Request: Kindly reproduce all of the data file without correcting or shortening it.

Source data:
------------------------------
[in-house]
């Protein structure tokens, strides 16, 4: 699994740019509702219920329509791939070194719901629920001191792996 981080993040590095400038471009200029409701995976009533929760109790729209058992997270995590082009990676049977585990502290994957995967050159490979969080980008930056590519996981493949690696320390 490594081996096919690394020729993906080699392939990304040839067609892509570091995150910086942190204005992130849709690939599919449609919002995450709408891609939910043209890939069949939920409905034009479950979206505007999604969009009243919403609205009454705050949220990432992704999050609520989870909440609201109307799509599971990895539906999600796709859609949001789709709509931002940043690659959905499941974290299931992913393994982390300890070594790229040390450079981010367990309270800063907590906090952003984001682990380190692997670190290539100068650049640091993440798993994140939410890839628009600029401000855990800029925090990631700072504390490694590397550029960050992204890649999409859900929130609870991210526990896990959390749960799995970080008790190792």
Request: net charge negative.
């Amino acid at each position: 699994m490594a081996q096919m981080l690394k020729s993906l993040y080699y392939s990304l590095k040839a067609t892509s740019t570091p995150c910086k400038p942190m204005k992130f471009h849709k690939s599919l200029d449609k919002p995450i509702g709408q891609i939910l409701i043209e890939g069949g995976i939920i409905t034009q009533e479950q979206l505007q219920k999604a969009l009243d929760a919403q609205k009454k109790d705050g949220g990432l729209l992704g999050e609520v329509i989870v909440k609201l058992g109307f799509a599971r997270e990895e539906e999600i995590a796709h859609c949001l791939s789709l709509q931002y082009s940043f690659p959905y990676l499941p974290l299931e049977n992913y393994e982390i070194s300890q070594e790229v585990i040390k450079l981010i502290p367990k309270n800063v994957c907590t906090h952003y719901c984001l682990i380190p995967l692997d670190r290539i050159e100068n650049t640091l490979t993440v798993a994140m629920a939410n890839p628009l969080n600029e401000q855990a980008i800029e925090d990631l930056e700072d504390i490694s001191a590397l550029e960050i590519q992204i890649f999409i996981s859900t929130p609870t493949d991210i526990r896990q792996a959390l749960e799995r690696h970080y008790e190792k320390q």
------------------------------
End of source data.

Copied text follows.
[in-house]
């Protein structure tokens, strides 16, 4: 699994740019509702219920329509791939070194719901629920001191792996 981080993040590095400038471009200029409701995976009533929760109790729209058992997270995590082009990676049977585990502290994957995967050159490979969080980008930056590519996981493949690696320390 490594081996096919690394020729993906080699392939990304040839067609892509570091995150910086942190204005992130849709690939599919449609919002995450709408891609939910043209890939069949939920409905034009479950979206505007999604969009009243919403609205009454705050949220990432992704999050609520989870909440609201109307799509599971990895539906999600796709859609949001789709709509931002940043690659959905499941974290299931992913393994982390300890070594790229040390450079981010367990309270800063907590906090952003984001682990380190692997670190290539100068650049640091993440798993994140939410890839628009600029401000855990800029925090990631700072504390490694590397550029960050992204890649999409859900929130609870991210526990896990959390749960799995970080008790190792």
Request: net charge negative.
């Amino acid at each position: 699994m490594a081996q096919m981080l690394k020729s993906l993040y080699y392939s990304l590095k040839a067609t892509s740019t570091p995150c910086k400038p942190m204005k992130f471009h849709k690939s599919l200029d449609k919002p995450i509702g709408q891609i939910l409701i043209e890939g069949g995976i939920i409905t034009q009533e479950q979206l505007q219920k999604a969009l009243d929760a919403q609205k009454k109790d705050g949220g990432l729209l992704g999050e609520v329509i989870v909440k609201l058992g109307f799509a599971r997270e990895e539906e999600i995590a796709h859609c949001l791939s789709l709509q931002y082009s940043f690659p959905y990676l499941p974290l299931e049977n992913y393994e982390i070194s300890q070594e790229v585990i040390k450079l981010i502290p367990k309270n800063v994957c907590t906090h952003y719901c984001l682990i380190p995967l692997d670190r290539i050159e100068n650049t640091l490979t993440v798993a994140m629920a939410n890839p628009l969080n600029e401000q855990a980008i800029e925090d990631l930056e700072d504390i490694s001191a590397l550029e960050i590519q992204i890649f999409i996981s859900t929130p609870t493949d991210i526990r896990q792996a959390l749960e799995r690696h970080y008790e190792k320390q």